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#HomewardBound: A reminder of what it REALLY means to be an Indian

Another flight to India and a reminder of what it (sometimes) means to be Indian.

The jostling, the usual chaos of not-quite queues and non-Indian passengers appalled at Indian co-travellers happily moving other peoples’ bags around in order to make room for all.

“Thoda adjust kar lo ji”.

A family of three – the youngest of whom is easily 60 – are sitting separately and they seat their oldest relative – a sweet and very old woman – next to me.

I make the mistake (or so it feels) of pointing them in the direction of their seats, and before I know it, several boarding cards are being thrust under my nose with the absolute assumption that I will interrupt my phone call to help them find their seats.

I do.

When meals come around the old lady next to me wakes up suddenly and makes a grabbing motion for a bottle of water on the tray being served to the passenger next to her.

The stewardess (also an Indian) without batting an eyelid protectively takes her hand and asks the man next to her if she can give this lady his bottle of water; she will give him another.

He immediately nods, ‘of course’.

The old lady refuses a meal and throughout dinner the same gentleman checks with me worriedly about the fact that she’s not eating, why aren’t her family checking on her…this, a ‘typical’ Punjabi man who is a whiskey and 2 bottles of wine down by dinner, and from whom I have been plotting to protect myself and the old lady if necessary.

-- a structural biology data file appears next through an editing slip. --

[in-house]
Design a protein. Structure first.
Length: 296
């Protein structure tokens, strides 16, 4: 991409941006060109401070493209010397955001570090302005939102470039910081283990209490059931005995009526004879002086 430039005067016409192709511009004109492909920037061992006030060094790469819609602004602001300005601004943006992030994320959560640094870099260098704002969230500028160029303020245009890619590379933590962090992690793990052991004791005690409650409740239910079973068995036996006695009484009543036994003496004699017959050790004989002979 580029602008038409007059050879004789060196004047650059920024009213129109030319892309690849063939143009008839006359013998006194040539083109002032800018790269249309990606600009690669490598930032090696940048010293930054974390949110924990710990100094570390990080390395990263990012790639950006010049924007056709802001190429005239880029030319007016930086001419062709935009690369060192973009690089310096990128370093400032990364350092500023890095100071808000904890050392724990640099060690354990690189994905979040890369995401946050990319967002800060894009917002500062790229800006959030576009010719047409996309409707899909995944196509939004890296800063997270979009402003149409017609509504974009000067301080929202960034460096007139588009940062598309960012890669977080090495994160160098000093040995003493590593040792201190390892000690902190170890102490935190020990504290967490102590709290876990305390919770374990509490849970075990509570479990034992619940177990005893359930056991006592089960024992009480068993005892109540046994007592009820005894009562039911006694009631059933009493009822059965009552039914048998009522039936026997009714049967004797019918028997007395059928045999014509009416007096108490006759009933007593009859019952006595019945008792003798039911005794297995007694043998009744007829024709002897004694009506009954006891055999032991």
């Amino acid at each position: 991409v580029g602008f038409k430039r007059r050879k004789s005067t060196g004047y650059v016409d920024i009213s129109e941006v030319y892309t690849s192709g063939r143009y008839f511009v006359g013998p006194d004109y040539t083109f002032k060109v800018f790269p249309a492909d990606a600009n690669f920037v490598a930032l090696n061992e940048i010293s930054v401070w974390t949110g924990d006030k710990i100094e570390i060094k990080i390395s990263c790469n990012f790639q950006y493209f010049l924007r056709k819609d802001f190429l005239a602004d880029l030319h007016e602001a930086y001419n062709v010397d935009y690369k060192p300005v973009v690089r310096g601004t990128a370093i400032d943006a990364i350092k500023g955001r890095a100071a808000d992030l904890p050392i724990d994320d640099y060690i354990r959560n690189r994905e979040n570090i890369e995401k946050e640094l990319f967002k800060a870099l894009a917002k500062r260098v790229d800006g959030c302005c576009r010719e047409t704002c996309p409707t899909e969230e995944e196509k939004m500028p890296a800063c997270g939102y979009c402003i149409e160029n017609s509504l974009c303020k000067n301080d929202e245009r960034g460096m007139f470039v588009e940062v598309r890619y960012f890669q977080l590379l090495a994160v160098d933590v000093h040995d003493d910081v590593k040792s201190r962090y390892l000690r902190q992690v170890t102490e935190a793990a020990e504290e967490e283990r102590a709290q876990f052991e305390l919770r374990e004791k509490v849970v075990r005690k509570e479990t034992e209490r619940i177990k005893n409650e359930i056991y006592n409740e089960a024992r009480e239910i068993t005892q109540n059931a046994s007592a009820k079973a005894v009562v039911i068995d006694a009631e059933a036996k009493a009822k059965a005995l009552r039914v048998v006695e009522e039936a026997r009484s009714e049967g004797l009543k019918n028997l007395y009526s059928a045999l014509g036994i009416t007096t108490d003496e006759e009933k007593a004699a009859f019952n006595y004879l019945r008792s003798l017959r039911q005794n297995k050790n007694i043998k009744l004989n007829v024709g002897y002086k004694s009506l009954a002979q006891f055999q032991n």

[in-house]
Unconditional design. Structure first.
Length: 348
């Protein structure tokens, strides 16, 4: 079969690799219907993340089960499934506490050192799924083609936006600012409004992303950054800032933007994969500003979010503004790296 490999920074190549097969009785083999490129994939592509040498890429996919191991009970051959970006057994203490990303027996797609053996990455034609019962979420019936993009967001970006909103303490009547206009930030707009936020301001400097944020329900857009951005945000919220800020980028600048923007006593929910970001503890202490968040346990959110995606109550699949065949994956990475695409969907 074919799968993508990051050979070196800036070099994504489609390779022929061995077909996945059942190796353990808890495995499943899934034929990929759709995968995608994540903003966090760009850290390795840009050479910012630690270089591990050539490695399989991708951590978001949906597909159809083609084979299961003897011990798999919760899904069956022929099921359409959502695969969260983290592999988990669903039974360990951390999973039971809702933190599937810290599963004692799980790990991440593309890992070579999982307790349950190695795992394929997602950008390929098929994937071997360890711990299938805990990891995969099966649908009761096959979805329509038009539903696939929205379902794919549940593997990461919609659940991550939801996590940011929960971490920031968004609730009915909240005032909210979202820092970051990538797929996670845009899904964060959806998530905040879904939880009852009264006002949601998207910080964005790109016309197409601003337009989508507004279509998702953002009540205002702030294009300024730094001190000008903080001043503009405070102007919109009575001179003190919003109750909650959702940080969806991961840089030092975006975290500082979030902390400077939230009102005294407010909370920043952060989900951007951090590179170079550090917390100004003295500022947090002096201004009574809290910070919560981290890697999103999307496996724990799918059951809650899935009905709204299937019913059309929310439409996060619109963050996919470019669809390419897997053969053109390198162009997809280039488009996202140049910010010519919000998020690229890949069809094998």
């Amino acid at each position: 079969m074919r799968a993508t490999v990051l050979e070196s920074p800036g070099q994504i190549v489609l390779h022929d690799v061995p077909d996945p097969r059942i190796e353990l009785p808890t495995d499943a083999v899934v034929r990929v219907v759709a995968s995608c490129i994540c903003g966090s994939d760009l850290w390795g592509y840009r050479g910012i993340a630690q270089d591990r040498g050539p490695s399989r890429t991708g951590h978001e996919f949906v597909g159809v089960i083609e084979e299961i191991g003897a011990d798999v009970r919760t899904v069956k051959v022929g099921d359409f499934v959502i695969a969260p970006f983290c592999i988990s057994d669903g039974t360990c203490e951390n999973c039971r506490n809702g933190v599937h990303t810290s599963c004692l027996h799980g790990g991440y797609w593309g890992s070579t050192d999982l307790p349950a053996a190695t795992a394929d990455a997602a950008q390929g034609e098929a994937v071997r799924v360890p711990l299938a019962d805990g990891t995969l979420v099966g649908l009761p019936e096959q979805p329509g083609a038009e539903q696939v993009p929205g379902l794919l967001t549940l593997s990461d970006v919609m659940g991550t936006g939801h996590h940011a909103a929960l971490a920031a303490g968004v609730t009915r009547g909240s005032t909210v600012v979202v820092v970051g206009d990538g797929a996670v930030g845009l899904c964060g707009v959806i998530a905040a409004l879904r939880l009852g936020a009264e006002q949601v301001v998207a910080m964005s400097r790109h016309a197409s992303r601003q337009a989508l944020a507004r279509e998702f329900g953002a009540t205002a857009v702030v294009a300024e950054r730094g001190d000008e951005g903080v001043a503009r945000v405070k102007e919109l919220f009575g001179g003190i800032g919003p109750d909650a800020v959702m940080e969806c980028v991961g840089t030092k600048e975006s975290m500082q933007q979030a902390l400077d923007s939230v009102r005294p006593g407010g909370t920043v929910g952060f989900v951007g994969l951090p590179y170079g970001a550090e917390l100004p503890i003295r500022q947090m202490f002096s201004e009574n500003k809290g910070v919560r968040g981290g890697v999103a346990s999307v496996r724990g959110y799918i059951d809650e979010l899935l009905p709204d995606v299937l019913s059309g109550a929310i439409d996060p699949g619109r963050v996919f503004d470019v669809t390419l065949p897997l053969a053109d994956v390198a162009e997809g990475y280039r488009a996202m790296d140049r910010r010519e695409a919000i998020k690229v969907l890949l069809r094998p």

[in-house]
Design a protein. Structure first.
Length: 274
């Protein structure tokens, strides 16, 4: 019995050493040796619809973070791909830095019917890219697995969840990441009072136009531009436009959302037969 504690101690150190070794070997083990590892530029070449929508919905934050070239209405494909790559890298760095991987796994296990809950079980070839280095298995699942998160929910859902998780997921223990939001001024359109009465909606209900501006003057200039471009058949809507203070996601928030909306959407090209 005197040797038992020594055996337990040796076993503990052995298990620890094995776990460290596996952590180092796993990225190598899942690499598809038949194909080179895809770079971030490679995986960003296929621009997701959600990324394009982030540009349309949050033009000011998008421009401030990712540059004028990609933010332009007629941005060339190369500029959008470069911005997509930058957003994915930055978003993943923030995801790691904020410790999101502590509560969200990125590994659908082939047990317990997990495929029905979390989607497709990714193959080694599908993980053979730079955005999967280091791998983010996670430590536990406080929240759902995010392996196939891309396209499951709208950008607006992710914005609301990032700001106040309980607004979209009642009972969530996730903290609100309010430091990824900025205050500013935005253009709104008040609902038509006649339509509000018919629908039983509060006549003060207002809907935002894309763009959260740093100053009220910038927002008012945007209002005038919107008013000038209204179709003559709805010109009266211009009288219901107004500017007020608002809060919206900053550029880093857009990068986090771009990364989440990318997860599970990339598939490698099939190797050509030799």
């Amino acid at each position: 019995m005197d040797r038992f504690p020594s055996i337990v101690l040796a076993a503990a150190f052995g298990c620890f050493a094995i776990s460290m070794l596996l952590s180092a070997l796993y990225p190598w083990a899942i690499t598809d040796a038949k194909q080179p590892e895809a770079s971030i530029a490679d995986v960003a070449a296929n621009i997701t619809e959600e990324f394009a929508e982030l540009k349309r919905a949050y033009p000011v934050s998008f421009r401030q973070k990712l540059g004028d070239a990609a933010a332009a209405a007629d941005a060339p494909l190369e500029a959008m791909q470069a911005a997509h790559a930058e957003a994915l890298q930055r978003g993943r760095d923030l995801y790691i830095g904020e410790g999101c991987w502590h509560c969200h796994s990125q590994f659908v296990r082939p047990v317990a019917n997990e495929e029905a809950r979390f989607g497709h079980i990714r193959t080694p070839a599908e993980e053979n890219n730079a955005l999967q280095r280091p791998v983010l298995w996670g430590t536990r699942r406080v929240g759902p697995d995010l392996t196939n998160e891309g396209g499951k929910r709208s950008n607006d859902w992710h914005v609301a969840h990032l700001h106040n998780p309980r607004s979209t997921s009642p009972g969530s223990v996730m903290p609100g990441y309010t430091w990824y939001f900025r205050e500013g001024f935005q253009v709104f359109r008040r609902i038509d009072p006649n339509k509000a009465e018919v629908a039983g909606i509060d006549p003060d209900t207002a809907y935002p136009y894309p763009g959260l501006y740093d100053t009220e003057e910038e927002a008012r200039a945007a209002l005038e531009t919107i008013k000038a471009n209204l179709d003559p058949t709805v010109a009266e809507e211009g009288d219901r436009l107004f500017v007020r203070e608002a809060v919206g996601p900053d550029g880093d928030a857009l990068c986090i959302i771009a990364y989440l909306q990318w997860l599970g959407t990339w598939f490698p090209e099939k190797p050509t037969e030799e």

Because we all do this for each other, he hands me his disembarkation card and explains that he’s not wearing his glasses so I should fill out his card for him.

It is assumed that I will do this for him gladly.

I do.

Old lady gets up to walk around and I gently let her family know she hasn’t eaten. 

Karela rolls (she is diabetic) are produced, a fuss is made.  At some point I blow my nose (for the 15th time, while reading my book) and like my own grandmother, she takes my hand and tells me, ‘Tu theek nahin hai. Rain de hun.’  You’re not well…let it be now.

Telling me perhaps that I need to sleep.

I suddenly find myself yearning for both my grandmothers.

For all the eye-rolling and impatience that I feel at the chaos of us Indians and our not-quite queues, I’m so glad to be heading home.

It is a place where old and young people can still absolutely assume that someone around them will look after them.

And we do.

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